Ah, those good old Cape May days… by Jackson D’Catur
I have not much time for ghosts, until that point in my life (the very end) at which I will become one. I shall then haunt the D’Catur Mansion, which will be maintained as a museum to my life and works, and cause stuffed animal heads to fall off walls onto any visitors who fail to show sufficient appreciation of the grandeur of the place. I shall rest an icy hand momentarily on the back of any fat, sweaty necks I dislike. I shall also cause doors to slam shut, trapping those tourists who fall behind, alone, in the creepier parts of the house, and whisper “Get out!” in their ears.
When the museum is closed, at night, I will retire to the topmost turret and when I see passing children look up fearfully, I will press my white-powdered face against the window and scream silently as I point at them.
Of course this is no change to the routine I have in place now, except that I have a pulse at the moment (resting 50, peak exercise level 52 – I was rejected from the Apollo project for being too fit), and do not charge people to come and visit, although the idea has some merit.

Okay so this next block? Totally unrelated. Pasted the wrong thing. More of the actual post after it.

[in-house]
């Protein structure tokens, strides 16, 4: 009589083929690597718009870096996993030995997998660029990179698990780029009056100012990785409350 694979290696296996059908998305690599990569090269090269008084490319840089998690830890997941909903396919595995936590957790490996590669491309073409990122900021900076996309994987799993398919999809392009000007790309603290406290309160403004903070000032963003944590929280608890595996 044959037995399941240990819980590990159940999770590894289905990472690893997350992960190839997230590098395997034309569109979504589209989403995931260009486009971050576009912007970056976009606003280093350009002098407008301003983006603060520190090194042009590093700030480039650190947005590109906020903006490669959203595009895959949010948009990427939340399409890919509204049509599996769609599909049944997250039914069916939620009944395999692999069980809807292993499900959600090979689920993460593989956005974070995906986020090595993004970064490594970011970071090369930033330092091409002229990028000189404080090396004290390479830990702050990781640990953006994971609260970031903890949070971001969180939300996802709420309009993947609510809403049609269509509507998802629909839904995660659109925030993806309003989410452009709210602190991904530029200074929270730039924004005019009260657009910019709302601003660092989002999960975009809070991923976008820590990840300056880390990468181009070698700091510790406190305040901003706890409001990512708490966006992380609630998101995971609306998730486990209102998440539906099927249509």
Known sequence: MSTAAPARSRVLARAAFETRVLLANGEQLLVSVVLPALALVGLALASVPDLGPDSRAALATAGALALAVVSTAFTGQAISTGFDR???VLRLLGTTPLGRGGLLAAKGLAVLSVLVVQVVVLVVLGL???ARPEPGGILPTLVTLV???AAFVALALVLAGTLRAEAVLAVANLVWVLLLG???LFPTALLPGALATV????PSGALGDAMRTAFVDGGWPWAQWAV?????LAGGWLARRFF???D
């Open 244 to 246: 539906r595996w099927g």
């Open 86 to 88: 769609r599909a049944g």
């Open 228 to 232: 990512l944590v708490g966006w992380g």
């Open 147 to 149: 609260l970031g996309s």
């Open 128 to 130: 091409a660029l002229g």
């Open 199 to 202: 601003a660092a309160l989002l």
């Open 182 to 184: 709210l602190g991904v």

I may permit some of Cape May’s other ghosts to make guest appearances: I have always been fond of the trio of local Indians who wander the streets wrapped in their pox-ridden blankets, wondering where all of the buffalo have gone. And the shade of Ernie Hemingway of course comes to visit once a year, at which time in the wee small hours one can hear the ghostly report of his elephant gun going off, and his enraged, drunken bellowing echoes around the streets.
And there are positively scores if not hundreds of Victorian children on tricycles, hollow-faced Civil War widows, vindictive old ladies and a boatload of drowned whalers who squelch ashore in their soaking clothes, leaving behind a stink of blubber.
But until I pass away, I am not for entertaining ghosts, whom I mostly believe to be faint-hearts who have not the courage to move on to wherever the dead actually belong: Heaven/Hell/Valhalla/whatever. I know for a fact that Ernie has actually done so, but has a special arrangement to come back regularly to annoy me. He will not tell me specifically what awaits after death, just that he has trouble getting enough tobacco for his pipe, and that “it’s a bit grim but the food is cheap”. Which could be Purgatory, or possibly Wildwood, which would be hell AND Hell.